In the evolving landscape of cybersecurity, phishing attacks continue to present significant risks to users and organizations alike. This article delves into a sophisticated phishing campaign that manipulates GitHub’s mention mail notification system for phishing attacks, highlighting the cunning methods employed by cybercriminals. It serves as a cautionary tale, underlining the necessity for vigilance and the adoption of robust security measures. Let’s start from the beginning.

This morning I woke up with an email from GitHub that seemed pretty accurate:

It seemed a mail from GitHub, and at the first glance I did not realize that it was a phishing. However, (even when I recover from my sleep), I analyzed it better.

Discover the phishing attempt

The “here” link pointed to: # THIS IS MALICIOUS

There are difference indicators of the presence of a phishing attack.

Evidence #1: googling 

By googling it is possible to observe that the real domain for Job careers at Github is 

Another indicator is looking for “Job fraud attacks via GitHub”. There are several relevant issue related to phishing attacks through fake GitHub job alerts.

Evidence 2: domain lookup

A quick search of the domain let me to discover that the domain was hosted on a EC2 AWS instance subjected to several abuses:

GitHub does not use AWS but has its hosted servers. 

Furthermore, if you perform a whois request at the GitHub domain, you can obtain a lot of relevant information about the organization:

The malicious domain did not belong to GitHub.

This confirms my suspects. After the discovery, I quickly notify the other users, then I analyzed the attack.

Analyze the attack

The attack involves two steps: 

  • email issue notification mechanism that is able to send a mail from the real GitHub address “[email protected]” through the email issue notification mechanism that sends you an email when you are mentioned inside an issue.  
  •  OAuth mechanism to obtain privileges on your personal GitHub account

Phishing attack

By a quick analysis, the starting username was vishalgupta1987. 

This user adds a comment to an automatic PR performed from autobot, a service to automate the update of packages on GitHub:

“Re: [adeelahmad/actionsflow-workflow-default] Bump moment-timezone from 0.5.34 to 0.5.43 (PR #2)”

The attackers added an issue to the pull request #2 that triggers an email notification against our accounts

What happens if you have been phished?

GitHub quickly disabled the account, but the email is still present in our mailboxes, the domain is still active, and the impact can still be dangerous: 

  • Integrity: The most dangerous permission is DELETE REPO: by accepting, you allow to DELETE any of your repository
  • Authentication: the application is able to create internal discussions in place of the real user by potentially compromising other users 
  • Confidentiality: the application can read each internal repository (even those related to the teams)

The attacker tries to obtain privileges on your GitHub account by using the OAuth mechanism, which is used to allow external applications to use resources on behalf of the user. It is a very useful approach to integrate external systems with another application, but it can be pretty dangerous if the external system is not trusted (such as in this case).

After the attacker adds the issue in the pull request: 

  1. GitHub notifies the victim about the opened issues that were mentioned to you.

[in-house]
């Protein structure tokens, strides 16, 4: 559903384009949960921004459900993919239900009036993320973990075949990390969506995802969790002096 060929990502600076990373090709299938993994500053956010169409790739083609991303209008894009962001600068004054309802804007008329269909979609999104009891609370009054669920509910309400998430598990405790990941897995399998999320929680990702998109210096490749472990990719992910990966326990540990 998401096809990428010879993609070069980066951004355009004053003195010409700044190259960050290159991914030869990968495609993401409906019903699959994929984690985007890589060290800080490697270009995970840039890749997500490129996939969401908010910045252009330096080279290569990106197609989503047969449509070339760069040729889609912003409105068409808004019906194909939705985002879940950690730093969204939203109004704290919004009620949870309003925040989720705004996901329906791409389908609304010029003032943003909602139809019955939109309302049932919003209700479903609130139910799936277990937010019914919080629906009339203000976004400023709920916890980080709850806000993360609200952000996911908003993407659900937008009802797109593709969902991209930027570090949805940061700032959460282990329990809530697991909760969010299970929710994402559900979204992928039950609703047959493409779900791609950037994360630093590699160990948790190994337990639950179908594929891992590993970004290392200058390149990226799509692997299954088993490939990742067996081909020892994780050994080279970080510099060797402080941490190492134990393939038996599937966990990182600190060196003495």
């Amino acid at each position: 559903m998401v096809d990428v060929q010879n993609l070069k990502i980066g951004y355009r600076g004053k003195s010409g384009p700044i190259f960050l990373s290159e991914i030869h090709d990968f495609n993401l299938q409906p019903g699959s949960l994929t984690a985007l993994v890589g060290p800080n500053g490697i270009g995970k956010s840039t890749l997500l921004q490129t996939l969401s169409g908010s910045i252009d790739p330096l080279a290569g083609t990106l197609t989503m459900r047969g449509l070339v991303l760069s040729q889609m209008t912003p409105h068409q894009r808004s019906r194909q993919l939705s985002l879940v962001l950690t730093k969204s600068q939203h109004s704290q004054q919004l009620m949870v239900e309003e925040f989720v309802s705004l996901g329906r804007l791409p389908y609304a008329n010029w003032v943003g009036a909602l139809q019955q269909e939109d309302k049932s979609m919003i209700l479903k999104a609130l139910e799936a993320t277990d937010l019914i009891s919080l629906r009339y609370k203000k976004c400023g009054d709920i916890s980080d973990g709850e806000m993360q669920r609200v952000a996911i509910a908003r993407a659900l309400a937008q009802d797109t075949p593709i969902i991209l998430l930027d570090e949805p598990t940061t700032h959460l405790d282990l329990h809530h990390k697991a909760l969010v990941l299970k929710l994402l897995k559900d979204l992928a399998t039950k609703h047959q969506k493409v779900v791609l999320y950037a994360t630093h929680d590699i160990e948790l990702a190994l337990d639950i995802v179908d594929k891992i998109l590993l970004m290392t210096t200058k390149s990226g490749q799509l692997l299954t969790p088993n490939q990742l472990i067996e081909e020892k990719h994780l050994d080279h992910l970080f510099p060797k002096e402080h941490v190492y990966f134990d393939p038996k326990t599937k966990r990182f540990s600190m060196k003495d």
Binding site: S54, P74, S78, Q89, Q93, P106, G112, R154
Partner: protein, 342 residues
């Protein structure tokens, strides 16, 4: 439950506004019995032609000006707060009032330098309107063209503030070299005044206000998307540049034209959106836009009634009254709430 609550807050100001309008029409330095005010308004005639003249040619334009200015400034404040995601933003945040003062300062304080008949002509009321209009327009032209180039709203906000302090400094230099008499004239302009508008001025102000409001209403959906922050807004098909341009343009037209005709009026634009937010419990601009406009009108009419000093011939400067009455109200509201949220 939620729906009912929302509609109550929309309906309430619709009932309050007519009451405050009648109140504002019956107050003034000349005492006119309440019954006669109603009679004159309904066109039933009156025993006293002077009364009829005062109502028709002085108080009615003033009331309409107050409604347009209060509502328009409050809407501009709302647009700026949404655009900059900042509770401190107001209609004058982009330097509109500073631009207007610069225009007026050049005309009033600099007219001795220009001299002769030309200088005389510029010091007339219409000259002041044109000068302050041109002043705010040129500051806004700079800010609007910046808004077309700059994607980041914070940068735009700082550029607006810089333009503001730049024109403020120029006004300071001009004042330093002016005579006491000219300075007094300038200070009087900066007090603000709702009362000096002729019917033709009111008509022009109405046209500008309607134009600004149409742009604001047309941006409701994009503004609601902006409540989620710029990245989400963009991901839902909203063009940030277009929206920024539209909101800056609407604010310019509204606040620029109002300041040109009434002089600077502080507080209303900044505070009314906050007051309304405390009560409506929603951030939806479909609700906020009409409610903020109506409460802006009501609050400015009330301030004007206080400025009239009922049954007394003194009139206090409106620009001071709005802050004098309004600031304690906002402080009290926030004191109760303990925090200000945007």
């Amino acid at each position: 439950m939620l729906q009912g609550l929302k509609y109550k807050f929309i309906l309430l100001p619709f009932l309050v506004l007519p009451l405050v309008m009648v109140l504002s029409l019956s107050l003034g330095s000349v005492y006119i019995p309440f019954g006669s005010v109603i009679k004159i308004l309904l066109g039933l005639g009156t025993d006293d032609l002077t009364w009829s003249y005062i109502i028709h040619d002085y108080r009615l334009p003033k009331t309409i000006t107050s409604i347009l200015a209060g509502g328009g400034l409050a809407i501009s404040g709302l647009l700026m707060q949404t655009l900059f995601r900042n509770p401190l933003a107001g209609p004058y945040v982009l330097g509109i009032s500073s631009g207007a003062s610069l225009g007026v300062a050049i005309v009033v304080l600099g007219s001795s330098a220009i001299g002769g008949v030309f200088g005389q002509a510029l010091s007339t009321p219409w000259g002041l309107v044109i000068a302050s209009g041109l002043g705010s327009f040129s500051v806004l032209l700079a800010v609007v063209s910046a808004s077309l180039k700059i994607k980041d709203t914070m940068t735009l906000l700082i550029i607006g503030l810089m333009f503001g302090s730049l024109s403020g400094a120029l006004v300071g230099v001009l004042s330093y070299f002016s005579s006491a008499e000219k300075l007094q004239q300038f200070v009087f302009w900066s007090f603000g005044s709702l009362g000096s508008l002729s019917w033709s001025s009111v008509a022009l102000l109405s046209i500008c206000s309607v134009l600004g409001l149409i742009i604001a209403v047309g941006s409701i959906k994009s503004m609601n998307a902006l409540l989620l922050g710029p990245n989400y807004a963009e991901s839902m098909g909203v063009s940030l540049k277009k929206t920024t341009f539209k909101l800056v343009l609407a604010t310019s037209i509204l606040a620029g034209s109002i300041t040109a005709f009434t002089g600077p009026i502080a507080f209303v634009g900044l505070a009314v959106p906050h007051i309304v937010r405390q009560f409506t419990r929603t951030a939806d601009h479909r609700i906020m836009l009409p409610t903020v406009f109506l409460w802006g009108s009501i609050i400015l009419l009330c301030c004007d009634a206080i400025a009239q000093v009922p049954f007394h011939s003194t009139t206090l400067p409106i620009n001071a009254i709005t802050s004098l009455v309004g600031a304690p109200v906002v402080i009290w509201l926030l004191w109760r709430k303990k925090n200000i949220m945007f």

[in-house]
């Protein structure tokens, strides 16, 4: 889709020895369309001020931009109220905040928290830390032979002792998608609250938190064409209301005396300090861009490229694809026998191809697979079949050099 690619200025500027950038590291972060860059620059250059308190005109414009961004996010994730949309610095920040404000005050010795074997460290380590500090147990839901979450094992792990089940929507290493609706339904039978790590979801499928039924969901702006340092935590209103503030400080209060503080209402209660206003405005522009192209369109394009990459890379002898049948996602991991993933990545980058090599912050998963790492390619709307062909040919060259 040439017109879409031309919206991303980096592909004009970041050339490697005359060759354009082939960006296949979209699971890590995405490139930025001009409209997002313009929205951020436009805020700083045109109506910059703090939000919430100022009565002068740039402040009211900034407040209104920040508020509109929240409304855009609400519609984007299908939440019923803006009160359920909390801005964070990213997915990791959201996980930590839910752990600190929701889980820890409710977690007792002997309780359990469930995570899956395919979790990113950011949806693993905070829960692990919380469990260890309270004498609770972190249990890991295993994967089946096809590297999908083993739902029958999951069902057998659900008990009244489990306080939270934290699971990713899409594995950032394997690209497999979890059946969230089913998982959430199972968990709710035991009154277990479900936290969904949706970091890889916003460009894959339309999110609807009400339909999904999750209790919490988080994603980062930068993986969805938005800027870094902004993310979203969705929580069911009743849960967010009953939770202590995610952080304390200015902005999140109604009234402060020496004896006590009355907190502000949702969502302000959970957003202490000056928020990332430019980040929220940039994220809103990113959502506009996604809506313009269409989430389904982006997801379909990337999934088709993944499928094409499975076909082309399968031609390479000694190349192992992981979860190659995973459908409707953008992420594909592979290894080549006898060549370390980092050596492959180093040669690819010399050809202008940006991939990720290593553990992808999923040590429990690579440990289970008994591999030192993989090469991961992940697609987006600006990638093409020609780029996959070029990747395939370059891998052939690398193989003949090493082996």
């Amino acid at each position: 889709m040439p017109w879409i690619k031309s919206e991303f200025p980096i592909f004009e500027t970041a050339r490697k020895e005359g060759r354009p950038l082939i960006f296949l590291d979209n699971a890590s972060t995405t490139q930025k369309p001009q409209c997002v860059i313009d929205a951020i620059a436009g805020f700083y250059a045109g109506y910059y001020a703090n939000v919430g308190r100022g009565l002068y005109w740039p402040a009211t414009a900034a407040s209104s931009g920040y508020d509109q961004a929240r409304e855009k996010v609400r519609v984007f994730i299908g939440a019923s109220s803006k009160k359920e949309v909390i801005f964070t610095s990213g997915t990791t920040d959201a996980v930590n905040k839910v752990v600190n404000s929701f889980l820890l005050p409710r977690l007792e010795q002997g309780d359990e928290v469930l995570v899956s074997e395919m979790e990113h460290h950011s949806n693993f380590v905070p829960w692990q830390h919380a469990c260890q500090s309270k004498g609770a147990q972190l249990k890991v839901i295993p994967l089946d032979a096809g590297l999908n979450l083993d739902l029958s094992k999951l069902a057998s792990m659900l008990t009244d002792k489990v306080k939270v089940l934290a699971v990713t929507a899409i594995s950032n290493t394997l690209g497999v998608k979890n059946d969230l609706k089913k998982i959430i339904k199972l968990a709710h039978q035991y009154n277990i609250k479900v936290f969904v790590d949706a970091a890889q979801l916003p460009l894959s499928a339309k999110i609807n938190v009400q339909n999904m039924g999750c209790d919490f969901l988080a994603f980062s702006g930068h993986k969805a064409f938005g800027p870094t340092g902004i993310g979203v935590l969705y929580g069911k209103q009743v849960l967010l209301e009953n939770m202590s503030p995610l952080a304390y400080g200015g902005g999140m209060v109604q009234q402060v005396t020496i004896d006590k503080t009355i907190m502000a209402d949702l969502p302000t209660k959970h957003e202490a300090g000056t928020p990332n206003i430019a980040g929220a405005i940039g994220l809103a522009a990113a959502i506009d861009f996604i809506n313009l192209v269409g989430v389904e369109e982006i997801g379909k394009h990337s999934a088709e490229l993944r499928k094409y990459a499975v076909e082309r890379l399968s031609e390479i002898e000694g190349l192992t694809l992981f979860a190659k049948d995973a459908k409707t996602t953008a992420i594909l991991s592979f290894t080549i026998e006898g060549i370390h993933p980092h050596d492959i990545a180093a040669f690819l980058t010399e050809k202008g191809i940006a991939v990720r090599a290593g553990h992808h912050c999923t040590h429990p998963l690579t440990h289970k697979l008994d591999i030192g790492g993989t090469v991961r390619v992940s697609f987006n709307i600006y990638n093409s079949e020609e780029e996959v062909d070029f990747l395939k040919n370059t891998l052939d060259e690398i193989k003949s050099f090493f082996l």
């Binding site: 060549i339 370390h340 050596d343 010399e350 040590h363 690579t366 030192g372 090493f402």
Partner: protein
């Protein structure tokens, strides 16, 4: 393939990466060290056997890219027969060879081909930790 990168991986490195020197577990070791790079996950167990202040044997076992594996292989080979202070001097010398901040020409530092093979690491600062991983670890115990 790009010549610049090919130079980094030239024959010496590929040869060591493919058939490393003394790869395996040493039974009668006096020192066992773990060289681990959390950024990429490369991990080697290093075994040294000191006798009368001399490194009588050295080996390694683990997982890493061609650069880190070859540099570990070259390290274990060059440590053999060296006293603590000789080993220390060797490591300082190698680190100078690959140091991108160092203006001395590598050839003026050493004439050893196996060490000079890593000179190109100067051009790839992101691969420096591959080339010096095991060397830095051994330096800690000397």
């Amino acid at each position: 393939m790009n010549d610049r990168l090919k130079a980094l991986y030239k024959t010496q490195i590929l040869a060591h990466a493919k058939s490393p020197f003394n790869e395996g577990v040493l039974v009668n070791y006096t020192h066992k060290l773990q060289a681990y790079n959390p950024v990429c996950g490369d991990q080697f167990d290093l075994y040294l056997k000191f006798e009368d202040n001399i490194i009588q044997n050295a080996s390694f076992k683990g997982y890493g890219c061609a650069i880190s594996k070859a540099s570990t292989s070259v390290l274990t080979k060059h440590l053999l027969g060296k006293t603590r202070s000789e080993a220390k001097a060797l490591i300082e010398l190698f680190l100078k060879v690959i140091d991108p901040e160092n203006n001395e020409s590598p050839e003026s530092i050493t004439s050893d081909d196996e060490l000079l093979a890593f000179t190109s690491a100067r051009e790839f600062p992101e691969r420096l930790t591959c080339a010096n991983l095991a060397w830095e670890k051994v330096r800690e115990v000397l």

2.  If the victim clicks on the link, he/she is redirected to the malicious website
  3.  The malicious website redirects the victim to the GitHub OAuth permission page
  1. GitHub asks to grant the following permissions:

The request leverages the OAuth mechanism to obtain the following permissions from GitHub: 

  • repo user read:org 
  • read:discussion 
  • gist write:discussion 
  • delete_repo
  1. If the victim clicks on “Authorize confirmautorizan” he/she is giving those permissions to the attacker
  2. The attacker owns the personal repos of the victim.

How did I responded to the incident?

Actually, I proceeded with the following steps:

  • Notify GitHub to suggest to check the account that is has been using for performing phishing attacks
  • Send a spam abuse to whois about the malicious domain
  • Notify the GitHub users that they were victims of a phishing attack. The fastest approach to notify them is… using GitHub! I have created a repository with an issue mentioning users under attack. In this way, through the same attacker mechanism, I have notified the users.

Who was attacking? 

Unfortunately, it is not possible to assert that the user exploited to send the issue was the real attacker or he was a victim of a previous attack. In fact, it is possible to use the GitHub REST API–fine-grained-access-tokens to automate the creation of issues. 

After an hour, GitHub removed the vishalgupta1987 account:

However, it seemed to be an active account; the attacker probably hacked the username and used it as an entry point for the phishing attack. Hope that GitHub will enable it after the incident response.


Unfortunately, it is impossible to protect ourselves against this attack because it exploits the flexible features of GitHub repositories. However, it is possible to use some countermeasures: 

  • Even if it does not protect against comments’ abuse, you can opt for a “signature check” for commits (see Protected Branches)
  •  If your projects are critical and sensitive for the company, you could opt for a local Git instance and use GitHub for public projects and personal projects. You can use several interesting alternatives, such as GitLab or Gitea
  •  You can set up a SecDevOps process that checks for user commits and issues to respond to such incidents (contact us for more details).
  • Follow the best practices provided by GitHub to harden your account.